We stopped at a floating souvenir store which also, as means of an 'attraction', had two cages overcrowded with crocodiles.



We felt a great deal of pity for these modern day dinosaurs. There wasn't enough room for one of them let alone the forty they'd crammed inside.

When we enquired about what will happen to them when they actually do grow too large for the cages, Veasna said "Perhaps this afternoon in the market you may buy them as handbags or shoes"!

As we shopped we noticed an upturned washing bowl on the floor. We stepped over it and continued to walk around browsing. Then moments later a small child lifted the bowl and stroked playfully a huge python! Julie couldn't get back on the boat quick enough!

A young girl in a washing up bowl had positioned herself alongside the boat, so I took her photo, and then had to hand over a dollar for the privilege. Like a flock of seagulls another two or three kids in bowls appeared from nowhere. I quickly put my camera back in its bag.

As we cruised back to where we started Veasna serenaded us in English with what sounded like a translation of a Cambodian love song.

He sounded awful yet on the other hand, travelling upstream to the strains of his weak quivering voice seemed eerily appropriate. It felt like a scene from a film; that uneasy Apocalypse Now sort of a vibe.

When we docked I tipped our captain for a safe journey and was quite shocked when he barely looked sixteen years old! His assistant, a young girl was even younger! As we stepped off the boat we had to walk very briskly to the van when we were chased by a one legged beggar. It's quite strange that we thought nothing of giving a cute little girl bobbing about in a washing bowl a $1 for her efforts but when confronted by an ugly old and disabled man we ran away. We felt a little disappointed in ourselves, again!

The road was a complete grid lock. We were going nowhere. Somewhere down the line there was a gap, into which one car moved into, then a coach nudged forward, followed by another which enabled us to move into the gap. This process of moving vehicles into the gap repeated as we edged our way nearer the open road. It was like one of those puzzles you can play with tiles and one empty space. For the first time we saw Chet our driver get a little bit agitated. After over half an hour of this strange game of strategy we finally we made it back onto the tarmac and off we sped towards Siem Reap.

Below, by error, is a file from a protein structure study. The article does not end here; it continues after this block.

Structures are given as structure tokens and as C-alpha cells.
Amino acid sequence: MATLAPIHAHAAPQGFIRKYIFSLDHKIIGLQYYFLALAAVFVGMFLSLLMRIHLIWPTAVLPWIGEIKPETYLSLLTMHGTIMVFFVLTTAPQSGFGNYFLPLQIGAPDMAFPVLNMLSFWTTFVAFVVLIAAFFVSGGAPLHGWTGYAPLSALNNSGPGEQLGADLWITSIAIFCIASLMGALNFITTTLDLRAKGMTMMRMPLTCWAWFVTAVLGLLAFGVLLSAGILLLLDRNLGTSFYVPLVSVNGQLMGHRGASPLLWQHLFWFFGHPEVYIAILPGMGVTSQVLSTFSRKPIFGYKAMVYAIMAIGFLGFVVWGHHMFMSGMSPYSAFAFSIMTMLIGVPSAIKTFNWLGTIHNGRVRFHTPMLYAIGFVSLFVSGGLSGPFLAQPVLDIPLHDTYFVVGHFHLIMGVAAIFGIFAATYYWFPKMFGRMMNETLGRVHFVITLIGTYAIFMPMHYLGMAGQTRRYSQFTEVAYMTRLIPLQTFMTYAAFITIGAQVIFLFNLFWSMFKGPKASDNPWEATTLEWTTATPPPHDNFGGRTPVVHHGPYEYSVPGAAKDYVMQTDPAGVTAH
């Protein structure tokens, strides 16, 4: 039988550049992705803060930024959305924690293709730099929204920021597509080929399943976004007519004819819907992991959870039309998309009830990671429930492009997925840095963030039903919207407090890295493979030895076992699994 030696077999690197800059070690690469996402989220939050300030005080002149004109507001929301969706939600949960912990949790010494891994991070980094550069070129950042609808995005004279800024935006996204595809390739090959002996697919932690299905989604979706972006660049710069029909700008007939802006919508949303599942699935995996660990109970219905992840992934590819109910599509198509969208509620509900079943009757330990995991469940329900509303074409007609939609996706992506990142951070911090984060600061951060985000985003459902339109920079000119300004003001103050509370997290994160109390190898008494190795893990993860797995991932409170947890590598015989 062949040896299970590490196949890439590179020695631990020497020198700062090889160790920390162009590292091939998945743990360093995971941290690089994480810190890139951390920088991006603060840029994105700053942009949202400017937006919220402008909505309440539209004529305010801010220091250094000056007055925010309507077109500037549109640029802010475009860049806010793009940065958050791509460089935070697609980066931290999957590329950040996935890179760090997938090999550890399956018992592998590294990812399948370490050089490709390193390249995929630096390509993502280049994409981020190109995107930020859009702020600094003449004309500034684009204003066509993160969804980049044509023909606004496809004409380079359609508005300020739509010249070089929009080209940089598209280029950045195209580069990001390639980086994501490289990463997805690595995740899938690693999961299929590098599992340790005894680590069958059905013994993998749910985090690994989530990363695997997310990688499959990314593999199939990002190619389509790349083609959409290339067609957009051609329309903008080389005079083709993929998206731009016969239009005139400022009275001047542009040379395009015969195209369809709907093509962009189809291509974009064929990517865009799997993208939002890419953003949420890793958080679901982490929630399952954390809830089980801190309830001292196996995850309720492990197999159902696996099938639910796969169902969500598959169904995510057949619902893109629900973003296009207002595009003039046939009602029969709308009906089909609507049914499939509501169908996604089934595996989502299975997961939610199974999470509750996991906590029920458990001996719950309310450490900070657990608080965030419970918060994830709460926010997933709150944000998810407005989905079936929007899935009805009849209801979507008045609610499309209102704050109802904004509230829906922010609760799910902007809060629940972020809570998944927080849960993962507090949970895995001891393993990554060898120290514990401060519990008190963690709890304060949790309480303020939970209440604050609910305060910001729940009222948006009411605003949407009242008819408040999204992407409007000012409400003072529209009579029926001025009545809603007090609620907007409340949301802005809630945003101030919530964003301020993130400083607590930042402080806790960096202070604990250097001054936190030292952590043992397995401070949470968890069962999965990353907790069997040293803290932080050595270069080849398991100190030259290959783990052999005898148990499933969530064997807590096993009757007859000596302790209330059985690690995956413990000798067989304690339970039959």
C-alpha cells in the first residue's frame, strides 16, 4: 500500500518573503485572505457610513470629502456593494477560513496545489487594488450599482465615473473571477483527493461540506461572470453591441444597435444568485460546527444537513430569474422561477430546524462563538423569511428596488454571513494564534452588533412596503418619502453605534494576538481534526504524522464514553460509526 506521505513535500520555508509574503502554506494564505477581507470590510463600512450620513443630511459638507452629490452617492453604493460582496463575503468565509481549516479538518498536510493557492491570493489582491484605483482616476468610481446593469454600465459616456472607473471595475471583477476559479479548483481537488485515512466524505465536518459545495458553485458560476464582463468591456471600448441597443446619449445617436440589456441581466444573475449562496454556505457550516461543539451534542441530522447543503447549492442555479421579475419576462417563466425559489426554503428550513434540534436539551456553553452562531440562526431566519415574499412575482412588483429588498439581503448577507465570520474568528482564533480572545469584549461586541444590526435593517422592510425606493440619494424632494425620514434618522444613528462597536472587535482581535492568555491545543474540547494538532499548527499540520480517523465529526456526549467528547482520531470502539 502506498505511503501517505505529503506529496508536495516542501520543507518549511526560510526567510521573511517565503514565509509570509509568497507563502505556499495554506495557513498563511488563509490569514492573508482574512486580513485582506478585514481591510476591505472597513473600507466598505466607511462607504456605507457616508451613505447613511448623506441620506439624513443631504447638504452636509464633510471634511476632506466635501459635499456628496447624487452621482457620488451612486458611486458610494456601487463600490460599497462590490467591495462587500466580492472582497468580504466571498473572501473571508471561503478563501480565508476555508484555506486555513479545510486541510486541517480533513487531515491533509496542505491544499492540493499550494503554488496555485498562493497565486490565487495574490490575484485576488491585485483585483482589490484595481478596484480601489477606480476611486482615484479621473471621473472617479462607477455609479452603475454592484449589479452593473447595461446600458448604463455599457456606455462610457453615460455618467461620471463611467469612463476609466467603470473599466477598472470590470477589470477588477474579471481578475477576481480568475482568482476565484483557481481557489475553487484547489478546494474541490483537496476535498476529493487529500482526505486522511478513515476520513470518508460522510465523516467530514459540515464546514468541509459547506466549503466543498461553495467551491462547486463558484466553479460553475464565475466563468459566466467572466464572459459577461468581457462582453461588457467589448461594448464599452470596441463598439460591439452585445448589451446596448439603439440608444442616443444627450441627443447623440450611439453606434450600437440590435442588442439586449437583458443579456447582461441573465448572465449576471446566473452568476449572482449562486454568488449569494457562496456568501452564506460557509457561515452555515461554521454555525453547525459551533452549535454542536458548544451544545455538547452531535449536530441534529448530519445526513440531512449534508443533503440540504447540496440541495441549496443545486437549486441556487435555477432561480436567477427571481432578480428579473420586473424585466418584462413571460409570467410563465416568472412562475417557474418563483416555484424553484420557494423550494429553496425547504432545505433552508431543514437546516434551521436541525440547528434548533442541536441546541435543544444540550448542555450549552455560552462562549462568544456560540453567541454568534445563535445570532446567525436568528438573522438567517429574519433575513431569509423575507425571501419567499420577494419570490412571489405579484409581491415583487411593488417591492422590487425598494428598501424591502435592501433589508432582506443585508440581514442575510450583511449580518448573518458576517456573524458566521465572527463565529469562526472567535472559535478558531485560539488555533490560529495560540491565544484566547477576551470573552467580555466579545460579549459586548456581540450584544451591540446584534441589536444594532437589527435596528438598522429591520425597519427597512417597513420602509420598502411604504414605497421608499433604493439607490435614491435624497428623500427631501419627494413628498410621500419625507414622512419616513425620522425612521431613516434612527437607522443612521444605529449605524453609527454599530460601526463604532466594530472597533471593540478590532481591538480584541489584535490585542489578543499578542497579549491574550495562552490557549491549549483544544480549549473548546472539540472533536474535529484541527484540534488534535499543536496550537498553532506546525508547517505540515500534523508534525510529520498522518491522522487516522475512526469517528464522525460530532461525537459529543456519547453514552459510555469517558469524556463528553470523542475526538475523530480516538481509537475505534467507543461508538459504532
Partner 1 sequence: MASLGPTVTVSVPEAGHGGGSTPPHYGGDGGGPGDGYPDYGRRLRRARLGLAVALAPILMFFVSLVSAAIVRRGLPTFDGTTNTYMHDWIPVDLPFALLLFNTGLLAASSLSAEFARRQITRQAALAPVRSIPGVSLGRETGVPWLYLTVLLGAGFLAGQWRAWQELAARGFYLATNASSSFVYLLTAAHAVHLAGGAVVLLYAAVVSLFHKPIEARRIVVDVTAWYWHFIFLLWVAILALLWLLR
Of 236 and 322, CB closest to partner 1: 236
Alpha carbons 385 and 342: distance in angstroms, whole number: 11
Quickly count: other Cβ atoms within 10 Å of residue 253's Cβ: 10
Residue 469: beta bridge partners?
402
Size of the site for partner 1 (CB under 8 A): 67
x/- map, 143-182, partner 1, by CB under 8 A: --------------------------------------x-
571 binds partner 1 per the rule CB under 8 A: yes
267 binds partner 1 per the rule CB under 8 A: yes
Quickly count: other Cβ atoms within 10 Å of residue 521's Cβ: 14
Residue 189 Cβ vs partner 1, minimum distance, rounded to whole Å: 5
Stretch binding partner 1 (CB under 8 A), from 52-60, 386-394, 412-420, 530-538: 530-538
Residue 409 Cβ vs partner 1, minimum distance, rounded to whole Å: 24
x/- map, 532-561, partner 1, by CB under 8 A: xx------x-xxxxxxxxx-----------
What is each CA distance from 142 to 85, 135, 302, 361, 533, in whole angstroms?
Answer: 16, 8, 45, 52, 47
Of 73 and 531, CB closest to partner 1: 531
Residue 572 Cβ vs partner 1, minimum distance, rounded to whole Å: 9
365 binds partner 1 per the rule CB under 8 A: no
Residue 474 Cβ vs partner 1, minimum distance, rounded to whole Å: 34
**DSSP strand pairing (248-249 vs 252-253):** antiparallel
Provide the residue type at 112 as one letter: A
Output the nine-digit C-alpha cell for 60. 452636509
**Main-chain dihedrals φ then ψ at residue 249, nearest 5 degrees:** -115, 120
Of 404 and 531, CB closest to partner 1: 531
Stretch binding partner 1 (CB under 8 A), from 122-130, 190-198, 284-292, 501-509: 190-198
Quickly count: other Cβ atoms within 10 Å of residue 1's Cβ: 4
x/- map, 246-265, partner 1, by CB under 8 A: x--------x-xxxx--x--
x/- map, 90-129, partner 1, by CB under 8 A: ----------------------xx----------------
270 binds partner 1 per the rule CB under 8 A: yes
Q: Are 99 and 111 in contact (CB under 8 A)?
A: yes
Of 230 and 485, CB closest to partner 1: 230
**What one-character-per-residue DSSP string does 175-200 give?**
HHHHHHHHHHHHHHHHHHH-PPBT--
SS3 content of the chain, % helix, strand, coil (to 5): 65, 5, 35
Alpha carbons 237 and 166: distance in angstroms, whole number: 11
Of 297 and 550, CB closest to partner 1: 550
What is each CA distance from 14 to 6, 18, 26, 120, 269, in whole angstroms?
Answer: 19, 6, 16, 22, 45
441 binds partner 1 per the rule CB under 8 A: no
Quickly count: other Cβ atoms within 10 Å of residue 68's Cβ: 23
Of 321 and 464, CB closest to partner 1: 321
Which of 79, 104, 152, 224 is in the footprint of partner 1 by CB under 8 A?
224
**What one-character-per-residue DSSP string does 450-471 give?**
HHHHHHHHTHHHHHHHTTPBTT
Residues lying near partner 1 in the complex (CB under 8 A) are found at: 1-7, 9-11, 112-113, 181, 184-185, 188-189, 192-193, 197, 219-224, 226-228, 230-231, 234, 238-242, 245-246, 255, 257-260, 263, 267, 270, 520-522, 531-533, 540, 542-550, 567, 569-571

We stopped quickly for lunch before returning to the hotel for a break. Julie went out like a light and slept for two hours. She must have been exhausted. It seemed cruel to wake her up just to go out to the market but we made the effort and we were glad we did so.

Before shopping we first visited the Eastern Baray, a huge man-made reservoir, perfectly rectangle, and built during the Angkor period. Apparently it was mostly dried out and farmed by the mid 20th century until a French archaeologist restored the Baray to its former glory.

With it being the climax of the Bon Om Tuk festival there were many people here having fun swimming, floating on large rubber rings, going for boat rides, fishing or just rolling out a mat and sitting on the embankment, or slung up in hammocks, enjoying a picnic.

We walked around the hastily set up food market where barbecued fish were served to the hungry masses.

Veasna bought us a bunch of a peculiar fruit he called Lasid(?) It was like a thick skinned grape with three fleshy segments on the inside. It was a couple hundred riels which fortunately he had otherwise the smallest cash we had was a $1 note.

That's the only problem; the cheapest item for a tourist will always cost $1, unless you've exchanged it for four thousand riels.


After a while we returned to the town. It was teeming with people, and their mopeds! Most of the crowd were gathered along the river for the boat races but first, before we joined them we went to the old market for some shopping.

We weren't there a minute when Julie said "Isn't she that woman we met in Banbury?" I looked up and squinted in the direction she was pointing. At first I was unsure but the nearer I got the more convinced it was this lady we had met a few months earlier at a 'Magic of Cambodia' day we attended as a taster for this trip.

We walked up to her and I gently tapped her on the shoulder. I excitedly asked "Excuse me but aren't you Dawn Rooney?" "Yes I am" she drawled (is she Texan?) "How did you know?"

So we explained all about the moment we met back in September at an event organised by Andy Brouwer. I asked if we could have our photo taken with her.

She graciously agreed to pose for a photograph but when she put her arm around my soggy sweaty waist I did feel a little embarrassed.